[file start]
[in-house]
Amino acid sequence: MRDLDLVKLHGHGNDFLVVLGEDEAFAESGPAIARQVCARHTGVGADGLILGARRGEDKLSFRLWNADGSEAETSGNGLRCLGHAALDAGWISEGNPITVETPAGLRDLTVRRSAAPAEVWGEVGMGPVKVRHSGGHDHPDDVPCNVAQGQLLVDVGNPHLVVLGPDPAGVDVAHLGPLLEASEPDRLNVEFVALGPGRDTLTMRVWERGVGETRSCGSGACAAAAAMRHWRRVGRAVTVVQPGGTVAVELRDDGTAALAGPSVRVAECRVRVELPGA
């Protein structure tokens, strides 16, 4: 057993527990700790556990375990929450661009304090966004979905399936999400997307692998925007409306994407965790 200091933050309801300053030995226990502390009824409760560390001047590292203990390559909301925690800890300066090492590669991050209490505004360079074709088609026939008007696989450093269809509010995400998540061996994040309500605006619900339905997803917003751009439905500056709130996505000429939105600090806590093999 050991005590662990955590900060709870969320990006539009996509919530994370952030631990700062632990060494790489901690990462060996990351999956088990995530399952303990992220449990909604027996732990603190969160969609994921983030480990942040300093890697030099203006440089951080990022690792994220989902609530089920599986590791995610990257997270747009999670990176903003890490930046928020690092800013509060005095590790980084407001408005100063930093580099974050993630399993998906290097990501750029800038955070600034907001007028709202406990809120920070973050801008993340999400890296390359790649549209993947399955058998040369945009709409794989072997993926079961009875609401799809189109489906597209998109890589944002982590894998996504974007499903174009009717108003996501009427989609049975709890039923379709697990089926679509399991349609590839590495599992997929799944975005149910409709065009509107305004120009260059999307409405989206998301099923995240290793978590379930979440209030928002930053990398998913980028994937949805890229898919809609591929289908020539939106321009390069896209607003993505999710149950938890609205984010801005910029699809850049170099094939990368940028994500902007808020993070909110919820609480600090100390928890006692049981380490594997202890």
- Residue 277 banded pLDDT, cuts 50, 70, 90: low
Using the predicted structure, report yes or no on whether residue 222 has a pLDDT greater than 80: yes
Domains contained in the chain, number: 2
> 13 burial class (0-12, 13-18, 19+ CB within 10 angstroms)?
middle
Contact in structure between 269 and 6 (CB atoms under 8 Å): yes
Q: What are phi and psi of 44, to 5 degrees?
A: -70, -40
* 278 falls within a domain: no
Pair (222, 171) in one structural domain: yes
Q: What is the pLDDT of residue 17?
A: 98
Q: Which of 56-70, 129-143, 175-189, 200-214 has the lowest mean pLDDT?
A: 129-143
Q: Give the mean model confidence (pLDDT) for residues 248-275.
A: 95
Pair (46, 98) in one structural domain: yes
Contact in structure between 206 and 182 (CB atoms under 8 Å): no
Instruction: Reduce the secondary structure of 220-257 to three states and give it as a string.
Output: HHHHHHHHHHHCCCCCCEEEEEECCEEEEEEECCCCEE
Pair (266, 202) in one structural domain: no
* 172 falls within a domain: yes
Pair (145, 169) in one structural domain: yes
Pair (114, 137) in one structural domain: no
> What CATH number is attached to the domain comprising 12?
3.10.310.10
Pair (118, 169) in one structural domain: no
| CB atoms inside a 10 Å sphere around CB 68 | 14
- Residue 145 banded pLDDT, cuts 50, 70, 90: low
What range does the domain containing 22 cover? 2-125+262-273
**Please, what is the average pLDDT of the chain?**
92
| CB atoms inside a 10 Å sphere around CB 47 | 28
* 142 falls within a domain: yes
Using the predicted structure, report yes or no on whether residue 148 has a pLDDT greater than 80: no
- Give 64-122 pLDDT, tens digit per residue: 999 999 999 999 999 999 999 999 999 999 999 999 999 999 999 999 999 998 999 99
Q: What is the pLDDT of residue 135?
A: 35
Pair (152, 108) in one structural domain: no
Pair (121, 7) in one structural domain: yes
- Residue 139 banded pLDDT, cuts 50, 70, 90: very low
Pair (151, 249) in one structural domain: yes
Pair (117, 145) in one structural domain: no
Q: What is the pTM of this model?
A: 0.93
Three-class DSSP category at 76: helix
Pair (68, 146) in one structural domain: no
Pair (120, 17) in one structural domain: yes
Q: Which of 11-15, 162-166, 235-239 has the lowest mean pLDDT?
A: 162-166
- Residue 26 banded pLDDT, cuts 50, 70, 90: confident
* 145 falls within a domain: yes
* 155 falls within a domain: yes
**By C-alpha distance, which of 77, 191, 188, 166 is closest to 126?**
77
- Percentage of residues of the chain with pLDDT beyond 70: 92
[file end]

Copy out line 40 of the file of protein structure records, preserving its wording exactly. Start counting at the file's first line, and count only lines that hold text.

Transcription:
Q: What is the pLDDT of residue 135?